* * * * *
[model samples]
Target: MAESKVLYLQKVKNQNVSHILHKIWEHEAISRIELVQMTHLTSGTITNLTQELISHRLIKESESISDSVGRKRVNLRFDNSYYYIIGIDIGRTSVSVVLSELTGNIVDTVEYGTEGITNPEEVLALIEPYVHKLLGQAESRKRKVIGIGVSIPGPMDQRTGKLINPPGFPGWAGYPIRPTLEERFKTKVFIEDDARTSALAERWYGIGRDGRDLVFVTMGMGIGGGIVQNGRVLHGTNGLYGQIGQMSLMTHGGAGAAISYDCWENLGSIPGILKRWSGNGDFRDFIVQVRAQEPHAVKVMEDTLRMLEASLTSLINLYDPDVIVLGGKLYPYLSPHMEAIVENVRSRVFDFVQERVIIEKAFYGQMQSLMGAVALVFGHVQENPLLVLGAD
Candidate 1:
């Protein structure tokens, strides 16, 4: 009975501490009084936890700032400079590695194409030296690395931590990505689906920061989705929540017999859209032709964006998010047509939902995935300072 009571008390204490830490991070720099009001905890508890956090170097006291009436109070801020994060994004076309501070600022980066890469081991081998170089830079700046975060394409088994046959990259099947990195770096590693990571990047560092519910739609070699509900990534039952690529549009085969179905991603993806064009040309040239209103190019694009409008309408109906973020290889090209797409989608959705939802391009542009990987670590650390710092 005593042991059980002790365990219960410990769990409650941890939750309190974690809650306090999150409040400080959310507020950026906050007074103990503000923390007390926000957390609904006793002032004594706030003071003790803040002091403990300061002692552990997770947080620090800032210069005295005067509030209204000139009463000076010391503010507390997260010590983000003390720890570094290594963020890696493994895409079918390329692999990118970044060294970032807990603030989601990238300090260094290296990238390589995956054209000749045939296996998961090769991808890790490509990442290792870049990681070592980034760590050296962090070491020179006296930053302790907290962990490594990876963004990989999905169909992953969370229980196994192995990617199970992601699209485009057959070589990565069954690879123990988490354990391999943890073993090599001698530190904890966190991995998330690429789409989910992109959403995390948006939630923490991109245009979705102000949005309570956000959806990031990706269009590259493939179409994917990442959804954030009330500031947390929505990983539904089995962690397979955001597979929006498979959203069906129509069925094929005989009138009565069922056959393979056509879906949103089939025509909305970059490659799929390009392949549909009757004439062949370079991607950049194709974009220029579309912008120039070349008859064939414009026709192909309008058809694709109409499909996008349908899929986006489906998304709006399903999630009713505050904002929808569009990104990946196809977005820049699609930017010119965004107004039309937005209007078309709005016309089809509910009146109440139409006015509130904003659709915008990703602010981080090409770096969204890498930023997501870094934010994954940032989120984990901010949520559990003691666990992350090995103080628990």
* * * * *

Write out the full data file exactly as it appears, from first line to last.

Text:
[model samples]
Target: MAESKVLYLQKVKNQNVSHILHKIWEHEAISRIELVQMTHLTSGTITNLTQELISHRLIKESESISDSVGRKRVNLRFDNSYYYIIGIDIGRTSVSVVLSELTGNIVDTVEYGTEGITNPEEVLALIEPYVHKLLGQAESRKRKVIGIGVSIPGPMDQRTGKLINPPGFPGWAGYPIRPTLEERFKTKVFIEDDARTSALAERWYGIGRDGRDLVFVTMGMGIGGGIVQNGRVLHGTNGLYGQIGQMSLMTHGGAGAAISYDCWENLGSIPGILKRWSGNGDFRDFIVQVRAQEPHAVKVMEDTLRMLEASLTSLINLYDPDVIVLGGKLYPYLSPHMEAIVENVRSRVFDFVQERVIIEKAFYGQMQSLMGAVALVFGHVQENPLLVLGAD
Candidate 1:
């Protein structure tokens, strides 16, 4: 009975501490009084936890700032400079590695194409030296690395931590990505689906920061989705929540017999859209032709964006998010047509939902995935300072 009571008390204490830490991070720099009001905890508890956090170097006291009436109070801020994060994004076309501070600022980066890469081991081998170089830079700046975060394409088994046959990259099947990195770096590693990571990047560092519910739609070699509900990534039952690529549009085969179905991603993806064009040309040239209103190019694009409008309408109906973020290889090209797409989608959705939802391009542009990987670590650390710092 005593042991059980002790365990219960410990769990409650941890939750309190974690809650306090999150409040400080959310507020950026906050007074103990503000923390007390926000957390609904006793002032004594706030003071003790803040002091403990300061002692552990997770947080620090800032210069005295005067509030209204000139009463000076010391503010507390997260010590983000003390720890570094290594963020890696493994895409079918390329692999990118970044060294970032807990603030989601990238300090260094290296990238390589995956054209000749045939296996998961090769991808890790490509990442290792870049990681070592980034760590050296962090070491020179006296930053302790907290962990490594990876963004990989999905169909992953969370229980196994192995990617199970992601699209485009057959070589990565069954690879123990988490354990391999943890073993090599001698530190904890966190991995998330690429789409989910992109959403995390948006939630923490991109245009979705102000949005309570956000959806990031990706269009590259493939179409994917990442959804954030009330500031947390929505990983539904089995962690397979955001597979929006498979959203069906129509069925094929005989009138009565069922056959393979056509879906949103089939025509909305970059490659799929390009392949549909009757004439062949370079991607950049194709974009220029579309912008120039070349008859064939414009026709192909309008058809694709109409499909996008349908899929986006489906998304709006399903999630009713505050904002929808569009990104990946196809977005820049699609930017010119965004107004039309937005209007078309709005016309089809509910009146109440139409006015509130904003659709915008990703602010981080090409770096969204890498930023997501870094934010994954940032989120984990901010949520559990003691666990992350090995103080628990």